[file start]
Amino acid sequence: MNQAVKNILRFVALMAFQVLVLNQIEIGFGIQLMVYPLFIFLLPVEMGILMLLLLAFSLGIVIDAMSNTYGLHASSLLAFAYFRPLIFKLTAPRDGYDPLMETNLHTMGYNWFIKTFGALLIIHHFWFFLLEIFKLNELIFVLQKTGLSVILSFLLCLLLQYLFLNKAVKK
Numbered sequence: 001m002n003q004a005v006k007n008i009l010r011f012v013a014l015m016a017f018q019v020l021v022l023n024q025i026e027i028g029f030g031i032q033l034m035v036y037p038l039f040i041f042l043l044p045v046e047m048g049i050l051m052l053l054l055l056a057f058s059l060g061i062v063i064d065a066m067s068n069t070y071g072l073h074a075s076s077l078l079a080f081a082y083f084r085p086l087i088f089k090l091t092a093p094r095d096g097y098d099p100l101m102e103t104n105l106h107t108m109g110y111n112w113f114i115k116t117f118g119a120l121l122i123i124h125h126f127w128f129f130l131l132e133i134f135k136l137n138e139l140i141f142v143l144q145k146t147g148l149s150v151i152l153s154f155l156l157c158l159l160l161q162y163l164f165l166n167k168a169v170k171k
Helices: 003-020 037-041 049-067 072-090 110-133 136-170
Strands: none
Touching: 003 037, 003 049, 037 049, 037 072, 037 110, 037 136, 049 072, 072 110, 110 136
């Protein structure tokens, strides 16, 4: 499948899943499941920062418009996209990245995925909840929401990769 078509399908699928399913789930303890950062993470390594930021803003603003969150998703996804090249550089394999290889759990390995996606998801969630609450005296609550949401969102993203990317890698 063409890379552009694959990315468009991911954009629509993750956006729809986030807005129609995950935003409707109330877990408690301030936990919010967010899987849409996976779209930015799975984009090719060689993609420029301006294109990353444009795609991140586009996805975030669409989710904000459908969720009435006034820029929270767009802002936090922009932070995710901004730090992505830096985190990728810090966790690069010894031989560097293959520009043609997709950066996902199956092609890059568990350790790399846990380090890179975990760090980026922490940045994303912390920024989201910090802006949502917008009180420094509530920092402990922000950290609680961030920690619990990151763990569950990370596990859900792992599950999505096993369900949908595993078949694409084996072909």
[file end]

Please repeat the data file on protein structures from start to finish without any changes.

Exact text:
Amino acid sequence: MNQAVKNILRFVALMAFQVLVLNQIEIGFGIQLMVYPLFIFLLPVEMGILMLLLLAFSLGIVIDAMSNTYGLHASSLLAFAYFRPLIFKLTAPRDGYDPLMETNLHTMGYNWFIKTFGALLIIHHFWFFLLEIFKLNELIFVLQKTGLSVILSFLLCLLLQYLFLNKAVKK
Numbered sequence: 001m002n003q004a005v006k007n008i009l010r011f012v013a014l015m016a017f018q019v020l021v022l023n024q025i026e027i028g029f030g031i032q033l034m035v036y037p038l039f040i041f042l043l044p045v046e047m048g049i050l051m052l053l054l055l056a057f058s059l060g061i062v063i064d065a066m067s068n069t070y071g072l073h074a075s076s077l078l079a080f081a082y083f084r085p086l087i088f089k090l091t092a093p094r095d096g097y098d099p100l101m102e103t104n105l106h107t108m109g110y111n112w113f114i115k116t117f118g119a120l121l122i123i124h125h126f127w128f129f130l131l132e133i134f135k136l137n138e139l140i141f142v143l144q145k146t147g148l149s150v151i152l153s154f155l156l157c158l159l160l161q162y163l164f165l166n167k168a169v170k171k
Helices: 003-020 037-041 049-067 072-090 110-133 136-170
Strands: none
Touching: 003 037, 003 049, 037 049, 037 072, 037 110, 037 136, 049 072, 072 110, 110 136
């Protein structure tokens, strides 16, 4: 499948899943499941920062418009996209990245995925909840929401990769 078509399908699928399913789930303890950062993470390594930021803003603003969150998703996804090249550089394999290889759990390995996606998801969630609450005296609550949401969102993203990317890698 063409890379552009694959990315468009991911954009629509993750956006729809986030807005129609995950935003409707109330877990408690301030936990919010967010899987849409996976779209930015799975984009090719060689993609420029301006294109990353444009795609991140586009996805975030669409989710904000459908969720009435006034820029929270767009802002936090922009932070995710901004730090992505830096985190990728810090966790690069010894031989560097293959520009043609997709950066996902199956092609890059568990350790790399846990380090890179975990760090980026922490940045994303912390920024989201910090802006949502917008009180420094509530920092402990922000950290609680961030920690619990990151763990569950990370596990859900792992599950999505096993369900949908595993078949694409084996072909």